National Geographic : 1952 Dec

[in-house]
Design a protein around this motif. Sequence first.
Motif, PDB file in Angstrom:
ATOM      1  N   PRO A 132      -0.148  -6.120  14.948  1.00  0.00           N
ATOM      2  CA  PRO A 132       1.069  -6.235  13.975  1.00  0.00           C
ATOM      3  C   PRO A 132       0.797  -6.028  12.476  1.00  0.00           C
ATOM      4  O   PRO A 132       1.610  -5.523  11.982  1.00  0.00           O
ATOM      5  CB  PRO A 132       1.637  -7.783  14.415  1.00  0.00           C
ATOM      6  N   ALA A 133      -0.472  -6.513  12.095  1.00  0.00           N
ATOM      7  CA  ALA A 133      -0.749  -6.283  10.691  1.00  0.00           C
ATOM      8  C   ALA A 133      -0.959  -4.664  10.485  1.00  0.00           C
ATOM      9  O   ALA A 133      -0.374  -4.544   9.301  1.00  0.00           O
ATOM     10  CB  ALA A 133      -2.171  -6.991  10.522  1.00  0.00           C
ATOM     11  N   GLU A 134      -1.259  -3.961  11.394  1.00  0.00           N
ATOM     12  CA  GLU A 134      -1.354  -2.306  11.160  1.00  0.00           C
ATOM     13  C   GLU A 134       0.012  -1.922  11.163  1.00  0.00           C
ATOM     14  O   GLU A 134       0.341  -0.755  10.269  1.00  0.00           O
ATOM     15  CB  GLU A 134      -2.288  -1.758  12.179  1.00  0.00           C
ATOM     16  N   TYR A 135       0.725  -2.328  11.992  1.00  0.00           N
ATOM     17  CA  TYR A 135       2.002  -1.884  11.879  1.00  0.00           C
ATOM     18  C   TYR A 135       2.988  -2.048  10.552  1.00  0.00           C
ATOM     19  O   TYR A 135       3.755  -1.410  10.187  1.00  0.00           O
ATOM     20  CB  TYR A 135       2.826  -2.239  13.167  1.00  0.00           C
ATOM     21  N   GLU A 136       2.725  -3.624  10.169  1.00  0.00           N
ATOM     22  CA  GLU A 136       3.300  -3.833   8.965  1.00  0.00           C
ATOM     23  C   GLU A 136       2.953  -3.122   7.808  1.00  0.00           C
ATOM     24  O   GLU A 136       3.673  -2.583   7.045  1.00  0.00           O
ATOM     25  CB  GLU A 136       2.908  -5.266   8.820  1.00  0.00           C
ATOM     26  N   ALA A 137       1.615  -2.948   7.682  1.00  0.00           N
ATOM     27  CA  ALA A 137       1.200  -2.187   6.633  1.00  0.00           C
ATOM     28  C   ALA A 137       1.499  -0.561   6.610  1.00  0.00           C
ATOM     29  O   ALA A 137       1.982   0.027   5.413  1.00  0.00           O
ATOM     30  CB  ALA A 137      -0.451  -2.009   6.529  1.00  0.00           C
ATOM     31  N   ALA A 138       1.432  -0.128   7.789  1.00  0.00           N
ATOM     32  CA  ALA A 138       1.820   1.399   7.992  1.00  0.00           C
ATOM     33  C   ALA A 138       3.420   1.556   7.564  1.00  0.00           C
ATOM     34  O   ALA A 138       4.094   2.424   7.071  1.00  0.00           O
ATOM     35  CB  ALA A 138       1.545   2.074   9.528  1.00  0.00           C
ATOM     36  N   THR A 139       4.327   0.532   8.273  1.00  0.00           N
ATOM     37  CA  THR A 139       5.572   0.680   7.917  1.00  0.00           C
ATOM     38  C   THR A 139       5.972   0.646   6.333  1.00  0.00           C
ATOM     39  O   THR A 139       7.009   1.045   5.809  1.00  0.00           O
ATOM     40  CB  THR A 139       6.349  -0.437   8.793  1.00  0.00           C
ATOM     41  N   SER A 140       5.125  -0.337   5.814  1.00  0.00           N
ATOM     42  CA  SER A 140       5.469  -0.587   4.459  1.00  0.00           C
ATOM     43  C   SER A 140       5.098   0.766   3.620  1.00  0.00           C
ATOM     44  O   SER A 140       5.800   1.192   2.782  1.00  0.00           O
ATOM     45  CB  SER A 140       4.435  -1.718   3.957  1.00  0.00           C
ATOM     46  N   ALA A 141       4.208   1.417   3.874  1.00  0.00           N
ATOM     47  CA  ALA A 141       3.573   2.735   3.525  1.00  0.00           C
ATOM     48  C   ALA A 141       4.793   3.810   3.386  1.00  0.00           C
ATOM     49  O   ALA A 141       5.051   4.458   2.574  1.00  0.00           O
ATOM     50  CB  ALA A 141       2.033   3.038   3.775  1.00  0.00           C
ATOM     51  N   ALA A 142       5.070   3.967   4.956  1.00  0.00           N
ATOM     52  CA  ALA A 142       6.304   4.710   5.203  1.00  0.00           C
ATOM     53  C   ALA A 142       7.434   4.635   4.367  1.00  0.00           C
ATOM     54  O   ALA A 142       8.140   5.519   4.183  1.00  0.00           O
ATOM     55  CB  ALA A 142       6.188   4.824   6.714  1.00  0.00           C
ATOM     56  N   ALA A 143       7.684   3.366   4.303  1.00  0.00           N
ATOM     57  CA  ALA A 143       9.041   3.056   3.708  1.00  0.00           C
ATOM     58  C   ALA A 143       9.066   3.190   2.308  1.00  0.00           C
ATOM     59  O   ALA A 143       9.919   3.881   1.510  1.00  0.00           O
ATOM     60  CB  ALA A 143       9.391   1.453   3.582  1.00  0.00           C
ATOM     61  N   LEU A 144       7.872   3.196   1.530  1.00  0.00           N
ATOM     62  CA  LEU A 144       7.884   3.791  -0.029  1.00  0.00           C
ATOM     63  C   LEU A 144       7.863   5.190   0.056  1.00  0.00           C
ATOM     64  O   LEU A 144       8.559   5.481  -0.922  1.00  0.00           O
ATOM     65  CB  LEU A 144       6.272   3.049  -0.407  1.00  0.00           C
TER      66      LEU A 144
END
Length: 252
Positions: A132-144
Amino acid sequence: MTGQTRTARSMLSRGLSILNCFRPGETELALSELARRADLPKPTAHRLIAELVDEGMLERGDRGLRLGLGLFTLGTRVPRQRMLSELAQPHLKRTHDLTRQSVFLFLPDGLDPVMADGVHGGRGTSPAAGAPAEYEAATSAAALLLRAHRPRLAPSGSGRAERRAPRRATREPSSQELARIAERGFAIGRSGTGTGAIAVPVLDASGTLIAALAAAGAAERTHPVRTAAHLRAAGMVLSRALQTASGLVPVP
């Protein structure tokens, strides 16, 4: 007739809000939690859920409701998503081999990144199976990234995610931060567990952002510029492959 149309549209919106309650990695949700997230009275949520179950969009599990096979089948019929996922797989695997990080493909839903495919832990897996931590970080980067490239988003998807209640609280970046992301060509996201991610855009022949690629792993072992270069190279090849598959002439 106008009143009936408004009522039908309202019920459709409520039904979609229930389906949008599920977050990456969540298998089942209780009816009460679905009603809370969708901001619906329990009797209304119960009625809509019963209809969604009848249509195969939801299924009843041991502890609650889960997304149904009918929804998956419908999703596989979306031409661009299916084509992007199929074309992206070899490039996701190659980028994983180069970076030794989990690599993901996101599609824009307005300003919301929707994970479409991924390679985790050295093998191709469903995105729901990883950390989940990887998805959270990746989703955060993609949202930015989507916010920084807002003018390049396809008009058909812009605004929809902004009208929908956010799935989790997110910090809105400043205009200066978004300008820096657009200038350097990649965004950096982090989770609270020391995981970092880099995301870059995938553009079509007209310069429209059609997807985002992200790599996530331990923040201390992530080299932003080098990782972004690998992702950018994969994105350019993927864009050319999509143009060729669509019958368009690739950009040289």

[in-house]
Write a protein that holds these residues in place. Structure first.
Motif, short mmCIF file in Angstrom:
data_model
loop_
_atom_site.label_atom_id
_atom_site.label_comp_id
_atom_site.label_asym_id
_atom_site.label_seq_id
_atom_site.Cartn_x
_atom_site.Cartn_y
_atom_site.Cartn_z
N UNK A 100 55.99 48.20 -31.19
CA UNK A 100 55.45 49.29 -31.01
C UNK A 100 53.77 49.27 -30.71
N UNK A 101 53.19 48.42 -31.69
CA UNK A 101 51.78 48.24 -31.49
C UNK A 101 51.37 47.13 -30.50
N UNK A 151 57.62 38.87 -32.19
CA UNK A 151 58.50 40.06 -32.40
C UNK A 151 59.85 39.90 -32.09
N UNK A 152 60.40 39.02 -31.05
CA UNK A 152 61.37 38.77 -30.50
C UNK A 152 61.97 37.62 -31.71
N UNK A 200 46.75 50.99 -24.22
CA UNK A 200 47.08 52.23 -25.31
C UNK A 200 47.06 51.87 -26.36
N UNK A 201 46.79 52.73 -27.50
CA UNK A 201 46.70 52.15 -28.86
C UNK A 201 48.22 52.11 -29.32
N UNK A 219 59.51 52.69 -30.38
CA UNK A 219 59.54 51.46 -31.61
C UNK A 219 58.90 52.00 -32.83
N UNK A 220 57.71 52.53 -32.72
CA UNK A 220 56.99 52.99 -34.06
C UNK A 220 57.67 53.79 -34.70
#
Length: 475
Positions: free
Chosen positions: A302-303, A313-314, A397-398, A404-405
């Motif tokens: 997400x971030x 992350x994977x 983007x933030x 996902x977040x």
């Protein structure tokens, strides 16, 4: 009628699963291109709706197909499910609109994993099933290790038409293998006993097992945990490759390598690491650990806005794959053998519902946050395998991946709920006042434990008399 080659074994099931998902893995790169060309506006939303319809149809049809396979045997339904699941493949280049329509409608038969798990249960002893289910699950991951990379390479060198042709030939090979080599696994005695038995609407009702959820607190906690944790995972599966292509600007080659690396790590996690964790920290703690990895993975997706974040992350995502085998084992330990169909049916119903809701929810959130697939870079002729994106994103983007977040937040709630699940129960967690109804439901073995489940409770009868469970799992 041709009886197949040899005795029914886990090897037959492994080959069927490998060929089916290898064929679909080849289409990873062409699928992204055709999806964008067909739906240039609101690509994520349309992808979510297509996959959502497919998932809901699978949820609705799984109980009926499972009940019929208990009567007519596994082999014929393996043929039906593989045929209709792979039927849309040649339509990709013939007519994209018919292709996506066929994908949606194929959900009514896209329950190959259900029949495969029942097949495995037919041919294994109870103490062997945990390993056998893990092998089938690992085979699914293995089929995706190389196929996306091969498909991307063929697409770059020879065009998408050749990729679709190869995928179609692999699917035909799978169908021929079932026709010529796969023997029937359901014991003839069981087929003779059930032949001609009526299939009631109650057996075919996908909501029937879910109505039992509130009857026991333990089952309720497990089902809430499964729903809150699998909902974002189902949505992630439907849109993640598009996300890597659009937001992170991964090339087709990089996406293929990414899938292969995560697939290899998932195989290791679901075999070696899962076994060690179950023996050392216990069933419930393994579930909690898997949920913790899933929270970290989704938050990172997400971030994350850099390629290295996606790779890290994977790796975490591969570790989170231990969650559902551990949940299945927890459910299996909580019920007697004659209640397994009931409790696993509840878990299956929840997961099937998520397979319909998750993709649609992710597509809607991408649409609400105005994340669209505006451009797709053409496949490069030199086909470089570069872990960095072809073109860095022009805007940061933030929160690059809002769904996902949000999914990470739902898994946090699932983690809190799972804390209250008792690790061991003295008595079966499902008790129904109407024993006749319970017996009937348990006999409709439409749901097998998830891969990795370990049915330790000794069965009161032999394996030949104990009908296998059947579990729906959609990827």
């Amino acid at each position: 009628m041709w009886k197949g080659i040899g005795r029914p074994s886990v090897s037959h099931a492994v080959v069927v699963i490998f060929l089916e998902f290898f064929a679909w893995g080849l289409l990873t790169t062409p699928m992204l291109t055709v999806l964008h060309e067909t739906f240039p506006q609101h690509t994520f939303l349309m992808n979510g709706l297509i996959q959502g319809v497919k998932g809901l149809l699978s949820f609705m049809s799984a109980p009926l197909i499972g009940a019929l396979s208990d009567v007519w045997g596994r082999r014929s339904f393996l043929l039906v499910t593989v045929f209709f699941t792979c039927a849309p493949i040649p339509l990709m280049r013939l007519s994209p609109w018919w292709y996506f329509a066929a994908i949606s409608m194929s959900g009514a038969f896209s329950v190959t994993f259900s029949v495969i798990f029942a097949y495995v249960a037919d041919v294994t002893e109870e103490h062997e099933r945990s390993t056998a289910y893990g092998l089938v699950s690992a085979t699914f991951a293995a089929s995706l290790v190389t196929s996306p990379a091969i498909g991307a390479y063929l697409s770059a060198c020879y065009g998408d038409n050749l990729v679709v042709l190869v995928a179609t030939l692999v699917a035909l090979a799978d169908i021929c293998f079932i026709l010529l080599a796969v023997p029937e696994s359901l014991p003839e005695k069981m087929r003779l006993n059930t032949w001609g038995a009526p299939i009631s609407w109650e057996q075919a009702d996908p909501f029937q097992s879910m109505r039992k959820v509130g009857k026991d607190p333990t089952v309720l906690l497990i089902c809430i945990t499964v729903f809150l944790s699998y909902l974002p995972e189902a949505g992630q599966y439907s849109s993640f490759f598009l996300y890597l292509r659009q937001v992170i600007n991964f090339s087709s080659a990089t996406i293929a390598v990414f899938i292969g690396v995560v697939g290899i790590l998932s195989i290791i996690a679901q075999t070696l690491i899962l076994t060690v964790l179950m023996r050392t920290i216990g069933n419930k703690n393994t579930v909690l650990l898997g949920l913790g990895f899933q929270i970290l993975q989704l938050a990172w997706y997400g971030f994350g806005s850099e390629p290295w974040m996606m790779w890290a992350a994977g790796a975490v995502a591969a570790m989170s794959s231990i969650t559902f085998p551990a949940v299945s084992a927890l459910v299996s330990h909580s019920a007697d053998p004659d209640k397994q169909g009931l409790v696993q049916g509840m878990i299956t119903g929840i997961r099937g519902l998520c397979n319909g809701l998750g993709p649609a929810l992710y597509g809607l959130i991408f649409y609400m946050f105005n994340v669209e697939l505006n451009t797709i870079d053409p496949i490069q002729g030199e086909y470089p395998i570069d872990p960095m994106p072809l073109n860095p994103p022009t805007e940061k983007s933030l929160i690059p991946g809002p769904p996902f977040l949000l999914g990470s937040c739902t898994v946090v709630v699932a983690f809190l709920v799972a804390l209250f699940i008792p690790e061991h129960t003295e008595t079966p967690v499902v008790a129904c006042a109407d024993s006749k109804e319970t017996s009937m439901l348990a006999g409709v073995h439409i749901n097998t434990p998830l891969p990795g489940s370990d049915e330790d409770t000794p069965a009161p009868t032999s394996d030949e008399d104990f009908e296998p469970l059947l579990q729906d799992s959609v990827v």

832 W. C. Lowaerm11K, U.a .J .A. Infinite Toil Produced These Earthen Ribs Girding a Lebanon Hillside Mountainous Lebanon relies heavily on terraces. Here barley and wheat, dotted with clumps of almond and fruit trees, grow amid the shells of neglected houses. The cypress-guarded castle, once the palace of a feudal lord, is now the summer home of Lebanese Presidents. The village of Beit ed Din sprawls to the right. Few of Lebanon's famous cedars survive; none grow here. writhes like a pale serpent through the wilder ness, without touching Israel (map, page 844). From a spur of the Mount of Olives this route looks down on the majestic expanse of time-tinted walls which make Jerusalem "the Golden" (page 834). As it approaches Bethlehem, near the fields where shepherds watched their flocks by night, the road affords the finest possible view of the city of the Nativity. From here, Bethlehem is a dream city of shining stone houses, set on a high Judaean hill. On feast days spotless headdresses brighten the shadows, and embroidery-stiff gowns borrow brilliance from the sun. Reli gious processions weave brocaded dignity by day, and under the stars they reflect candle glow on gilded crosses and censers.* Bethlehem is largely Christian, and much of its commerce has depended on pilgrims. Close to the Church of the Nativity is the * See, in the NATIONAL GEOGRAPHIC MAGAZINE: "Bethlehem and the Christmas Story," by John D. Whiting, December, 1929.